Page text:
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If I was a government trying to stop smugglers who might use a tactic like this, I think I'd put a mage in the intercept team. The intercept team would be parked at some station, searching for craft with radar, watching for ground-hugging vehicles and the mage would, every day, create a new Force 1 mana barrier in a few random spots (around a corner, on the other side of a blunt cliff). Once the craft flys through the barrier, the spirit makes the barrier pop, the mage instantly knows where the craft is, sends a spirit to astrally chase it while the intercept team piles into their craft and uses the same technique to boost their vehicle to catch up with the spirit who's chasing the other craft.

End result, chase sequences work the exact same. Stuff + Magic = Magic + Stuff. There might be a period of a week or a month where someone could exploit this "new" technique, but soon everyone else starts catching on (and catching up) and the situation returns to the status quo.
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Semerkhet
post May 13 2010, 07:10 PM
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QUOTE (Banaticus @ May 13 2010, 12:39 PM) *
If I was a government trying to stop smugglers who might use a tactic like this, I think I'd put a mage in the intercept team. The intercept team would be parked at some station, searching for craft with radar, watching for ground-hugging vehicles and the mage would, every day, create a new Force 1 mana barrier in a few random spots (around a corner, on the other side of a blunt cliff). Once the craft flys through the barrier, the spirit makes the barrier pop, the mage instantly knows where the craft is, sends a spirit to astrally chase it while the intercept team piles into their craft and uses the same technique to boost their vehicle to catch up with the spirit who's chasing the other craft.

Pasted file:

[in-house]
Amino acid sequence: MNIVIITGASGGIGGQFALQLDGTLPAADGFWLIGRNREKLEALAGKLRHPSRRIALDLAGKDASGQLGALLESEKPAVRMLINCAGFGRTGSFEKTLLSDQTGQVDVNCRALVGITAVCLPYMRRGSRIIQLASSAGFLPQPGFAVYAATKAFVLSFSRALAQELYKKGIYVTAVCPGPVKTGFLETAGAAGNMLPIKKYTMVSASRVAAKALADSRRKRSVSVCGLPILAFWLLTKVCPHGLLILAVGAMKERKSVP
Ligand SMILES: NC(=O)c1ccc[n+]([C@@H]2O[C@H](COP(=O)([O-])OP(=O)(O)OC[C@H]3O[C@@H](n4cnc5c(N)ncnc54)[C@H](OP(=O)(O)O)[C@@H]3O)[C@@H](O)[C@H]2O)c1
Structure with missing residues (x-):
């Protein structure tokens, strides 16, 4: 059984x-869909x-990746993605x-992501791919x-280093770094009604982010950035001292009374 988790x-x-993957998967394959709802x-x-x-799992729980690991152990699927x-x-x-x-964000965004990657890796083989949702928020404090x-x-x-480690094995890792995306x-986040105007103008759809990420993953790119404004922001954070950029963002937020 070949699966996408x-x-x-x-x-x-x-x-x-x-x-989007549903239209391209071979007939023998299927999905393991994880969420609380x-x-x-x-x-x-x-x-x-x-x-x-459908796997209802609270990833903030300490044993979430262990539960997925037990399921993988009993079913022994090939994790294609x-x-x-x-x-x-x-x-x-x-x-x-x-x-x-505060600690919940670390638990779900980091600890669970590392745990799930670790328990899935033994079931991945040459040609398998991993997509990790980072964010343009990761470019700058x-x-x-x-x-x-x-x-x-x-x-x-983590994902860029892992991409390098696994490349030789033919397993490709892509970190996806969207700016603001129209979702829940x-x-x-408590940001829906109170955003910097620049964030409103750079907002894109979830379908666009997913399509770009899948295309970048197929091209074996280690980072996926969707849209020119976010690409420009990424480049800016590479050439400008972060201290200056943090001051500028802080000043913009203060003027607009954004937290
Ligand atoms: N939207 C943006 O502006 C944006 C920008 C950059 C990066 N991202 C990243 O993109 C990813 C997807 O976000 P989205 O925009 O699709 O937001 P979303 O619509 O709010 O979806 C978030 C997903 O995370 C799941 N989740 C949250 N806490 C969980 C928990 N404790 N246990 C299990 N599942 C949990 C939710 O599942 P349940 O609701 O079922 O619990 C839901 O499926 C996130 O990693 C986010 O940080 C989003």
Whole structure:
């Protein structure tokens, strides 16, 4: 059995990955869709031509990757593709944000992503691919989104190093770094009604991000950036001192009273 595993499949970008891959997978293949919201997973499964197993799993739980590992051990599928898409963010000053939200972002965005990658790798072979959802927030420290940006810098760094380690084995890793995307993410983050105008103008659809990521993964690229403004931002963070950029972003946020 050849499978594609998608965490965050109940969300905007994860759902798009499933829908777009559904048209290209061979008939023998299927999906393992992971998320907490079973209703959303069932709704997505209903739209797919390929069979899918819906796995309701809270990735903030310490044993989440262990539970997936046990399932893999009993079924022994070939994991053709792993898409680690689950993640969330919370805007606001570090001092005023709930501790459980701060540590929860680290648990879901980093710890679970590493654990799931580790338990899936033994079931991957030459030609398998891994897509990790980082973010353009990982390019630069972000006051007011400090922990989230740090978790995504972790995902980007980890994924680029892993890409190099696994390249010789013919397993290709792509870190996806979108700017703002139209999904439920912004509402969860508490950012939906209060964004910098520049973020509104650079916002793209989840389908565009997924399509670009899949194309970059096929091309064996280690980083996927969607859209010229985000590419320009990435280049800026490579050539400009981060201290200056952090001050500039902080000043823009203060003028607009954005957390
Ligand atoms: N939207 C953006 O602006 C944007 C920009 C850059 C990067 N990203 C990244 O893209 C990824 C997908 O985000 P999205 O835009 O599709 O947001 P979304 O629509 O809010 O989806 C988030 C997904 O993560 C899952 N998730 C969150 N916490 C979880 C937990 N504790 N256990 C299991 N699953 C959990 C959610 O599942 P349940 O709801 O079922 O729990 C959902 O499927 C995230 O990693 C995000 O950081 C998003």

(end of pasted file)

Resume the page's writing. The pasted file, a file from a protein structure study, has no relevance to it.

End result, chase sequences work the exact same. Stuff + Magic = Magic + Stuff. There might be a period of a week or a month where someone could exploit this "new" technique, but soon everyone else starts catching on (and catching up) and the situation returns to the status quo.

Agreed. Which is why I we all, as GMs, have to draw the line somewhere. I posted this topic mostly to make sure I wasn't making any glaring math mistakes or missing rules. As it turns out there are good arguments for and against. If it makes the game more fun* then great; if it bogs things down then not so much. In this particular case I think I can make the game more fun by having the t-bird cat-and-mouse with patrols and have roleplaying opportunities at the rest stops.

* for subjective values of fun.
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HappyDaze
post May 13 2010, 11:15 PM
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I've ruled that the change in speed only changes the time it takes to cover a distance. No other secondary effects are changed. A few examples:

Using movement to increase/decrease the speed of a car does not alter it's crash damage value. This means that one clever use is to have a spirit reduce the speed of a vehicle allowing you to appear to 'slowly bump' someone in a parking lot and still send them sprawling.